Montgomery Plaza
Located on 7th Street just west of downtown, the Mission Revival-style building dates to 1928, when it was built by department store chain Montgomery Ward to house its regional retail and mail-order operations. The facility was expanded and remodeled over the years before closing in 2001 after Montgomery Ward went out of business. In March 2000, a 40-year-old distribution center behind the original building was badly damaged by the tornado that swept through Fort Worth and Arlington. The property stood idle until 2003 when Dallas-based Weber & Co. and Kimco Realty purchased the site and launched the Montgomery Plaza development. When completed, the 133,000-square-foot building will have 42 floor plans, designed by Scottsdale, Ariz.-based Swaback Partners. The smaller units start at 807 square feet. All residents will have access to a rooftop amenities deck with a pool, garden and outdoor dining areas, as well as three levels of direct-access parking.
Fort Worth Police & Fire Fighters Memorial Fund
What can we possibly do to show our appreciation to those who have given so much to all of us? Each day, the Peace Officers, Police and Fire Fighters of our community exemplify courage and commitment as they strive to assure a continuing safe environment for our City and its citizens. Usually we are unaware of the time and effort expended by these warriors in preventing crime or property damage. We sometimes take for granted the dedication and valor inherent in these individuals until an unfortunate event occurs, becomes newsworthy, and captures our attention. Yet, each is willing to face danger on a daily basis in order for us to enjoy a peaceful lifestyle. They risk their safety for our safety. While there is a national memorial and several state and city memorials that have risen in years past to pay tribute to the lives of police officers and fire fighters who have fallen in the line of duty, Fort Worth has been unintentionally remiss in fulfilling its mission of expressing, in perpetuity, its appreciation and memory of our fallen heroes. The time has come to formally acknowledge and maintain this long overdue recognition in the creation of the Fort Worth Police and Fire Fighters Memorial. A memorial is much more than an impersonal monument. Behind each name on every memorial there is a story...a story written in courage and lived through sacrifice...a tale of heroism and service. Our site in Trinity Park will be a living memorial and a constant reminder of our dependence upon and appreciation of those who continue to sacrifice their own welfare in favor of ours. The Fort Worth Police and Fire Fighters Memorial Committee endeavors to build a memorial that will speak to our community about our fallen heroes, those "who gave much more than their part." We owe them no less...they gave us so much more.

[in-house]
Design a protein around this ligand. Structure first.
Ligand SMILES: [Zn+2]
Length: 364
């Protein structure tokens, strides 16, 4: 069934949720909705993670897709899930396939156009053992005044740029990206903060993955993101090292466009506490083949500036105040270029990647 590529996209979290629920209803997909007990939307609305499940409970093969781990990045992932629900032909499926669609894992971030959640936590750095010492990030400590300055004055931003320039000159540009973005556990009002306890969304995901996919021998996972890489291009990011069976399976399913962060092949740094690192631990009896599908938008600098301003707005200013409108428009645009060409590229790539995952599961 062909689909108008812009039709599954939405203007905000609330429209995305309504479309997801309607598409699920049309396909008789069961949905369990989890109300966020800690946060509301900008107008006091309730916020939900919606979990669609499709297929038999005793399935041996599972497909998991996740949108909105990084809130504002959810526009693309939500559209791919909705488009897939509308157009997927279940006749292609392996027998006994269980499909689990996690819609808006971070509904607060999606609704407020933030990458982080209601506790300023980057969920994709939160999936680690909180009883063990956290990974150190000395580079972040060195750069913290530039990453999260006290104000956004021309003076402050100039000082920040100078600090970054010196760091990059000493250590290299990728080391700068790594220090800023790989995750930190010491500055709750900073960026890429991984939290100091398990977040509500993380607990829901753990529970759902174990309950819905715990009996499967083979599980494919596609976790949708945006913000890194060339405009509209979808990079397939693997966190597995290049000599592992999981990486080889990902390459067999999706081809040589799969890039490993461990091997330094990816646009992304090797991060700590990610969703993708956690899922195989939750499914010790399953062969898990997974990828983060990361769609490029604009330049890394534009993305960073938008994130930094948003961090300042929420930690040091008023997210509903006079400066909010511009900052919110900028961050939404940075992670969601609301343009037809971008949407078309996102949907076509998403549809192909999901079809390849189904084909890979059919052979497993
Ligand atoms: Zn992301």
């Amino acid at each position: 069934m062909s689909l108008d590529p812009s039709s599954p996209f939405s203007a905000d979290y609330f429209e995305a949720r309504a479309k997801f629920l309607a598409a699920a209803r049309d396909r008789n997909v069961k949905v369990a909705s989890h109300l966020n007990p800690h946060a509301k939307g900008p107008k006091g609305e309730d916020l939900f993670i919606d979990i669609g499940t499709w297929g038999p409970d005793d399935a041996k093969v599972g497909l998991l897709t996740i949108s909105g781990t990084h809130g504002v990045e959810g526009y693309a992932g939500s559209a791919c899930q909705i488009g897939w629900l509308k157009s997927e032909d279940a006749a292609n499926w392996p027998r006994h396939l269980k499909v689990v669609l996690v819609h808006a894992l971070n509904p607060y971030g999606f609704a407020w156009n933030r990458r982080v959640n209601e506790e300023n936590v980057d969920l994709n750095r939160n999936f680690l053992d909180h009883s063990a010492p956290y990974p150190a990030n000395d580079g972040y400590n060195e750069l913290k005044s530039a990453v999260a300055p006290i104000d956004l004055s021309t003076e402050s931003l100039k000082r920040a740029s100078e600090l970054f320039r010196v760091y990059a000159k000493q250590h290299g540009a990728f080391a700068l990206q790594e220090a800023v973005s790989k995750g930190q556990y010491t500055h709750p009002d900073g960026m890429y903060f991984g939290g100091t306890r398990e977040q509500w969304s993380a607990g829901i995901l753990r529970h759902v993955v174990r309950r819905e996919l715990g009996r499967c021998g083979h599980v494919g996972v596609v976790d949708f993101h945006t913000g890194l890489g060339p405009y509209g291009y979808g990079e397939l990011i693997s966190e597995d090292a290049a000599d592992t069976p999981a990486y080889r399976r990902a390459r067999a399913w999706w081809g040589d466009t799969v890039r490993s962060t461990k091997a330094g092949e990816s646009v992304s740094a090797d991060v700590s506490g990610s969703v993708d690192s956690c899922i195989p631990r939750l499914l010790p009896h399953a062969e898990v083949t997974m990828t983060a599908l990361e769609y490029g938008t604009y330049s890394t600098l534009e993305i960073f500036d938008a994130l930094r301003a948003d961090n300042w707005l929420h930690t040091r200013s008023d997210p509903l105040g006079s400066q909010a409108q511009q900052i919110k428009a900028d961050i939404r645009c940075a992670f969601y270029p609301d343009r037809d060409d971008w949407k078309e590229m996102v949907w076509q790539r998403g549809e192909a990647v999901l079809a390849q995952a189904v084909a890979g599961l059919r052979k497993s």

Fort Worth Community Cable Television
Fort Worth Texas
Welcome to Fort Worth, the 18th-largest city in the United States and one of “America’s Most Livable Communities.” Today, Fort Worth, Texas is a thriving center of culture and commerce. Visitors are often surprised by everything Fort Worth has to offer: the Historic Stockyards, remarkable museums, a dazzling downtown area, Texas Motor Speedway, spectacular annual events and a lot more.
Fort Worth Public Library
City of Fort Worth
Fort Worth Weekly
3311 Hamilton Ave Fort Worth, Texas 76107 Phone: (817) 321-9700 Fax: (817) 335-9575 The Weekly provides a vibrant alternative to the city’s often-timid daily, with award-winning and irreverent reporters who keep readers well informed and the powers-that-be worried.